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willing? i'm seeing more people in my circle, particularly black people who were very hesitant who say, we want to get it. we're more afraid of the pandemic than we are of the vaccine. but there's a question of, can you get it? can you get access if you're in a community that doesn't have access? but on the side of people who are still misinformed, i have to come back to you on this, on the situation with your dad, because there are still people who are calling themselves news that are still not telling the truth about the pandemic. that are still using the donald trump playbook when it comes to talking about it. what -- do you think that biden, because he's so personally empathetic, because he's had so much loss himself, is there -- do you have hope that he can convince people who are already deeply misinformed about the virus and who still maybe don't believe it, don't want to wear masks, the nih director said this misinformation, basically, has killed people. >> misinformation is a huge problem, and i'm actually attending a hearing on wednesday to talk about my experience with
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misinformation, but the thing that president biden can do is really harness the full resources of the federal government to get at the people who need to be vaccinated first and know that everybody else will come. we send a rover to mars this week. we sent a person and multiple people to the moon. we can get into the fields and into the grocery stores and into the churches to ensure that people have the opportunity to learn about the vaccine and get it in their arm. there is no excuse for 3.5% of latinos and 4.5% of black folks to be vaccinated in comparison to 9% of white people whenever we know that blacks and latinos are on the front lines. we can do this. >> yeah. absolutely. and not to say nothing of the indigenous communities and aapi communities because you know, don't think that asian-americans are out there with lots of money. that is just a stereotype that isn't true.
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there are lots of communities out there that need this vaccine. dr. chris pernell, kristen, again, we're so sorry for your loss and thank you very much for spending time with us on this important evening. up next on the reidout, he is a loser once again. the former president's fight to hide his tax records, that's over. his former fixer, michael cohen, joins me next. plus, ted cruz makes a pathetic, pathetic attempt at an image makeover. tweeting out pictures of himself handing out water to the texans he abandoned. hard to believe, but once again, he's not the absolute worst. the big reveal is coming up. and be sure to join us on friday at 7:00 p.m. eastern for a special edition of the reedout i'll be joined by dr. anthony fauci and members of the congressional black caucus to discuss racial disparities in the covid crisis. go to msnbc.com/townhall to be a part of our virtual audience and to submit your questions for our experts.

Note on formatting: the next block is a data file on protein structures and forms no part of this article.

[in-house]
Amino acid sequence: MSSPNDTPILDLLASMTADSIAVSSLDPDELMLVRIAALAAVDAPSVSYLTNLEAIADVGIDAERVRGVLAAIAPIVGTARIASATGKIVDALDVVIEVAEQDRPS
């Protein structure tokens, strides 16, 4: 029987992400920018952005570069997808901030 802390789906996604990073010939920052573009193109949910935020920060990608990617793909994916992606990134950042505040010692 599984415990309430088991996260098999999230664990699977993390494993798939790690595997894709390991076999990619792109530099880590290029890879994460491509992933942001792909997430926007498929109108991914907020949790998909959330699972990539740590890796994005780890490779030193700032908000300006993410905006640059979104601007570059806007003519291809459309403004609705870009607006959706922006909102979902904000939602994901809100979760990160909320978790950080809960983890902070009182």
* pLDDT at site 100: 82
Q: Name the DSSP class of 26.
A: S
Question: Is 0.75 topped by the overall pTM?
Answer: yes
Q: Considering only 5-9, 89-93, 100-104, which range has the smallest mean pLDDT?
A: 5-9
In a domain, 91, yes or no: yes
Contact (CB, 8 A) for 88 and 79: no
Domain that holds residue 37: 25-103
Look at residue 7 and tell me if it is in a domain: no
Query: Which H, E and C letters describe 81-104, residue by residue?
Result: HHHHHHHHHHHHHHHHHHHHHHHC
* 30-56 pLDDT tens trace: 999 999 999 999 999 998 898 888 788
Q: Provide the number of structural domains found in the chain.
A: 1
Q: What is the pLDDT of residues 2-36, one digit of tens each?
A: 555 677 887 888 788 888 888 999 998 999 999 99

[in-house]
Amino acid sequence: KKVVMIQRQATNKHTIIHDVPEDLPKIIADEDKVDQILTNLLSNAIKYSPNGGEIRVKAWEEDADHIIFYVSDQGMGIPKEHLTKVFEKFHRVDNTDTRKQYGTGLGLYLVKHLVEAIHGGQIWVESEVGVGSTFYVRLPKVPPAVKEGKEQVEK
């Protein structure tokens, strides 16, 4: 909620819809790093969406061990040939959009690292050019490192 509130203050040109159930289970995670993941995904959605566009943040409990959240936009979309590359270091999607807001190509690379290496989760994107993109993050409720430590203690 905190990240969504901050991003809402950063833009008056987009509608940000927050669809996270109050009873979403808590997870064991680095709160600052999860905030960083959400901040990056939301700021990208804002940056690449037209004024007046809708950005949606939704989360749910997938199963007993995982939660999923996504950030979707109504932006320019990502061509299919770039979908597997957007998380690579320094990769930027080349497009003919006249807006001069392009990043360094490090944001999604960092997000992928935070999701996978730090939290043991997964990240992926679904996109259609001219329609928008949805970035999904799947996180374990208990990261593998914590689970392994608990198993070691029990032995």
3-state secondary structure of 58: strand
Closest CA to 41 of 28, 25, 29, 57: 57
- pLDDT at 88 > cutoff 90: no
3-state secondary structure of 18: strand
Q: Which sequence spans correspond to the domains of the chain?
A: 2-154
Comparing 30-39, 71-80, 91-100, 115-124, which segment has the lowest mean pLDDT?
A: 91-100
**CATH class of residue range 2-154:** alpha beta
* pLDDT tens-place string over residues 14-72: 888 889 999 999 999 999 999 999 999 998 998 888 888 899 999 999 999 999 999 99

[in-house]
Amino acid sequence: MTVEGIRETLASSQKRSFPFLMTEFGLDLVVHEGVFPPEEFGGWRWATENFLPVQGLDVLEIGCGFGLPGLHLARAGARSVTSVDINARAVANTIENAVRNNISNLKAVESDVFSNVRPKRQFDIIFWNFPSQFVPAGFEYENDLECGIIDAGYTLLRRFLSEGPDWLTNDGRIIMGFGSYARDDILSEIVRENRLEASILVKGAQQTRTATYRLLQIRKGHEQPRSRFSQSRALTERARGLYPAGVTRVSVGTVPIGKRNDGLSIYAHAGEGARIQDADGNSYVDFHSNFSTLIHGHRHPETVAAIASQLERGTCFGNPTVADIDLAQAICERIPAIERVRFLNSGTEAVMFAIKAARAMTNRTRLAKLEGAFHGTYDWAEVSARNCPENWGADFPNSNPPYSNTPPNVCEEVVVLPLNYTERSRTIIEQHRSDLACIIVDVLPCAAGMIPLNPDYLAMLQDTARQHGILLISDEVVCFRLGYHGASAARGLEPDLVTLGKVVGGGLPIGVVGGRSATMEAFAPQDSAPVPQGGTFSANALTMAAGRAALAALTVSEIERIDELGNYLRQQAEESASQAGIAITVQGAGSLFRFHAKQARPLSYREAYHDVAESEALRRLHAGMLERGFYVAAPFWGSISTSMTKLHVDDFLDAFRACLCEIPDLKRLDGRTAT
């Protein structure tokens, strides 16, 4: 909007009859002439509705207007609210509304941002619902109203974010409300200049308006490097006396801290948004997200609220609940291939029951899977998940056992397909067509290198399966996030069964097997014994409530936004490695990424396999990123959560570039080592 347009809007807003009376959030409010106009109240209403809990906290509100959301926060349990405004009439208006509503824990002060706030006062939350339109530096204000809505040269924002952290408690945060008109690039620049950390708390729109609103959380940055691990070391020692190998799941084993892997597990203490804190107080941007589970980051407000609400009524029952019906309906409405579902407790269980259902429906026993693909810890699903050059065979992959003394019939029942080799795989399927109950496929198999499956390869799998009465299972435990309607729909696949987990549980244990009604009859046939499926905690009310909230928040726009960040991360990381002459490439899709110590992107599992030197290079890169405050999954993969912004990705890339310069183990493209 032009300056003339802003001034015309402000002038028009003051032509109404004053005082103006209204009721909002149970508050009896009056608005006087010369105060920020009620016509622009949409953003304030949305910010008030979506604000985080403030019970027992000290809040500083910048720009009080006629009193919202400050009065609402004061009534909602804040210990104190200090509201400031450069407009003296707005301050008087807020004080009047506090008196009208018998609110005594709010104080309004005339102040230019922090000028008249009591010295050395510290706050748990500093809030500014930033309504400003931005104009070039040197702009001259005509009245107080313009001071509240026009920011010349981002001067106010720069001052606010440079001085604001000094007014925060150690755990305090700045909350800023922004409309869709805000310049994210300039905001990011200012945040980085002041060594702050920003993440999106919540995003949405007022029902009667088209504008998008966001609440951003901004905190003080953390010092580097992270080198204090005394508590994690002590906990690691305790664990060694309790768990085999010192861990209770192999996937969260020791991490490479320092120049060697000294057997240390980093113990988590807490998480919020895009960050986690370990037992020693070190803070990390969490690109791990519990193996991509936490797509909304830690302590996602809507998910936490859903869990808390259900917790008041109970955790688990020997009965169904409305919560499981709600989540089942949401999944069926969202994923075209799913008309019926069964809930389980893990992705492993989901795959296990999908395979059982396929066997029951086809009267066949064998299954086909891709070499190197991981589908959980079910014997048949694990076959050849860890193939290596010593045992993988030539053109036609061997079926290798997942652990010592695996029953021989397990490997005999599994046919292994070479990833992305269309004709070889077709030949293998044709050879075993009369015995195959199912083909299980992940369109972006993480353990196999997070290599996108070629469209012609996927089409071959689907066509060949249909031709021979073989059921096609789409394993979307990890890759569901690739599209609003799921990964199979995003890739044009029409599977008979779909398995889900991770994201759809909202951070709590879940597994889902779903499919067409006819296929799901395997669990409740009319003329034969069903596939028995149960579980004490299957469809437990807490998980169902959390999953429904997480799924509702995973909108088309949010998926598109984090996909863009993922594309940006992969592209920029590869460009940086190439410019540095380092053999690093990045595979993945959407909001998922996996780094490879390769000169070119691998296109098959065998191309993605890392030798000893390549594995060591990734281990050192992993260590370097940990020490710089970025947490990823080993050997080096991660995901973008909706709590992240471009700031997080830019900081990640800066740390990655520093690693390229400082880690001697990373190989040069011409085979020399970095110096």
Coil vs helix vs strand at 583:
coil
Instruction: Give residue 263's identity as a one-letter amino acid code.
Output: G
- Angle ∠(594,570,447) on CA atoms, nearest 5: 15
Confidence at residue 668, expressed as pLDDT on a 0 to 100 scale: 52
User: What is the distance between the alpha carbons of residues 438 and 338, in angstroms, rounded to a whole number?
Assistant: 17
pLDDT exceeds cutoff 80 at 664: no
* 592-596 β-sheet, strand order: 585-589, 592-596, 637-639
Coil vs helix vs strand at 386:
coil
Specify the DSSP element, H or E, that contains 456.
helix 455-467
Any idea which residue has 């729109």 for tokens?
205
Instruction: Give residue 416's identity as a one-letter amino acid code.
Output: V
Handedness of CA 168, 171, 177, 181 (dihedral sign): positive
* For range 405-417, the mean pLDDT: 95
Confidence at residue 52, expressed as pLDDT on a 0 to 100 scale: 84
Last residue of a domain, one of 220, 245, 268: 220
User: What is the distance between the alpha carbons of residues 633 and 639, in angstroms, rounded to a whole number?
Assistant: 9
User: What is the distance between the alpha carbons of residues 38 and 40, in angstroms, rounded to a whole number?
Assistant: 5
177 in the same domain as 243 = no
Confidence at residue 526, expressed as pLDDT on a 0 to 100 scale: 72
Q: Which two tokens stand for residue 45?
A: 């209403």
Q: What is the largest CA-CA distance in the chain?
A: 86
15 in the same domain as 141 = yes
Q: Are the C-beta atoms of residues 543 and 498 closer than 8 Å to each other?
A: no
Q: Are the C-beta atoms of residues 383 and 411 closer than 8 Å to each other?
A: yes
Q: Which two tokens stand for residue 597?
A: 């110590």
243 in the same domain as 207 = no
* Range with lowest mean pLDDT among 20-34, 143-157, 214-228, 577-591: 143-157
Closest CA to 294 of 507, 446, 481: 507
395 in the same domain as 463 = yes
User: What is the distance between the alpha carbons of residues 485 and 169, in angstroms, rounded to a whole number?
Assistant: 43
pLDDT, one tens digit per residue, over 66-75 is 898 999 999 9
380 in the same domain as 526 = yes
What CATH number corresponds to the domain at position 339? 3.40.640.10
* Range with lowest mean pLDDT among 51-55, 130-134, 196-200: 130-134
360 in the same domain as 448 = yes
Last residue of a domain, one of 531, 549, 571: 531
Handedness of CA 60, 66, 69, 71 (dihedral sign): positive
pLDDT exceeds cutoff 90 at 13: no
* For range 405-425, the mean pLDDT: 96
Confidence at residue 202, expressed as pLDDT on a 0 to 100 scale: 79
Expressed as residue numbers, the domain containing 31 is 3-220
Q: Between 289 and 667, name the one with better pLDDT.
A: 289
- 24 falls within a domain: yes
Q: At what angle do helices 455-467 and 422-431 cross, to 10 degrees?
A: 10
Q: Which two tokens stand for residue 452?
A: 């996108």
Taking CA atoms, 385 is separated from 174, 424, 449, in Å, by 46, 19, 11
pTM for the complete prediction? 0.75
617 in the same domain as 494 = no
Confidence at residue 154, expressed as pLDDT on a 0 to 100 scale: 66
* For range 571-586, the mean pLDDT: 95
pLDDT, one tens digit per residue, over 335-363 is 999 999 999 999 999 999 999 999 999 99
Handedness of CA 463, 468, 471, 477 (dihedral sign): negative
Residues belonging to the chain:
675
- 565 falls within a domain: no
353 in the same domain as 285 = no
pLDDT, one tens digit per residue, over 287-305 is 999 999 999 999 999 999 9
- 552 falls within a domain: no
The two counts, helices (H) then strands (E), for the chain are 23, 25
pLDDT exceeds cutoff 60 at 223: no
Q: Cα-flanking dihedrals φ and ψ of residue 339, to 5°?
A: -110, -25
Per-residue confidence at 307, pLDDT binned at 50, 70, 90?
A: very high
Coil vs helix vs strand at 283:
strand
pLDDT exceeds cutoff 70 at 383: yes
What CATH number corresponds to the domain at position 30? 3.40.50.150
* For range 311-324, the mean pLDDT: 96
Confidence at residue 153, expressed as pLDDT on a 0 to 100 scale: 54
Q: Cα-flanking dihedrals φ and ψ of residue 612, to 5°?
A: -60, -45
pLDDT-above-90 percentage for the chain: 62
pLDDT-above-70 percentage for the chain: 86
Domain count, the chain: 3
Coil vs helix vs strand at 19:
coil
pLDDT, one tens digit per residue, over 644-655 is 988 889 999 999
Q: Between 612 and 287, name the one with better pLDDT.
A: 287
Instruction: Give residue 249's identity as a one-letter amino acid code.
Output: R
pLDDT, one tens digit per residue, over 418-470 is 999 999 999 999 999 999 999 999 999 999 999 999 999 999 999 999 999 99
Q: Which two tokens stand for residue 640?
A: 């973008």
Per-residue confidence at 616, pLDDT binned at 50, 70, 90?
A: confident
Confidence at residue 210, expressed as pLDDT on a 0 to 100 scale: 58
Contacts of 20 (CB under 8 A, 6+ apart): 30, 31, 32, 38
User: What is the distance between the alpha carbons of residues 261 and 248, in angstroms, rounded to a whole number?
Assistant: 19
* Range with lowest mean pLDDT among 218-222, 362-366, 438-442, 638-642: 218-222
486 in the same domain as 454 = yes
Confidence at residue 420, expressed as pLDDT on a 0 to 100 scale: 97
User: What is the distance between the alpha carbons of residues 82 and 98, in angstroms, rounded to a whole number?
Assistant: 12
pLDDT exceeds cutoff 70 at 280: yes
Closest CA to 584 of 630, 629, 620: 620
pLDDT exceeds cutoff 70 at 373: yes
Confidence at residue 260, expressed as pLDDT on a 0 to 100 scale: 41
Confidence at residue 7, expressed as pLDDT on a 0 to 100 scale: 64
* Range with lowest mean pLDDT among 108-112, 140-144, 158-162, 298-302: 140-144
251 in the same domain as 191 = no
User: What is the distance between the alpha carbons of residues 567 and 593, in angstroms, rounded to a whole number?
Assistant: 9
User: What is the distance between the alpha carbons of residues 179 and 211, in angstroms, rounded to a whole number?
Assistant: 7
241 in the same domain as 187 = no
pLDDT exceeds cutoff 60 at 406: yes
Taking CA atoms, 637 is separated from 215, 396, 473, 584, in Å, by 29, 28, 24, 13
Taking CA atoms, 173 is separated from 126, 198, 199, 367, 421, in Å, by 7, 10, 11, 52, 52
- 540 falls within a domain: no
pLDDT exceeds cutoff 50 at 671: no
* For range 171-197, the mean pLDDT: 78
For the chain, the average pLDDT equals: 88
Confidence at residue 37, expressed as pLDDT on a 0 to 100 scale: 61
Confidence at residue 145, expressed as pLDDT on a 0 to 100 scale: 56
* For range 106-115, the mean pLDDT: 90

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get on there and do that right now during the break. the reidout continues after this. break the reidout continues after this s curious. i learned about my grandfather's life on ancestry and it was a remarkable twentieth-century transformation. he did a lot of living before i knew him. bring your family history to life like never before. get started for free at ancestry.com (burke) at farmers, we know how nice it is to save on your auto policy. but it's even nicer knowing that if this happens... ...or this... ...or even this... ...we've seen and covered it. so, call 1-800-farmers and get a quote today. ♪ we are farmers. bum-pa-dum, bum-bum-bum-bum ♪
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a supreme court decision today shut down donald trump's hail mary bid to keep his tax returns out of the hands of new york prosecutors. it marks a final defeat for the now ex-president who's under investigation for possible insurance, tax, and banking fraud, along with other crimes. "the new york times" points out that this could lead to the extraordinary possibility of a criminal trial for a former president, and as we already know, prosecutors have said the tax returns and other financial records are vital to their inquiry. that probe is being led by district attorney cyrus vance, whose reaction to the news story today was short and sweet, saying only that the news continues. this comes after vance hired a veteran prosecutor who specializes in white-collar and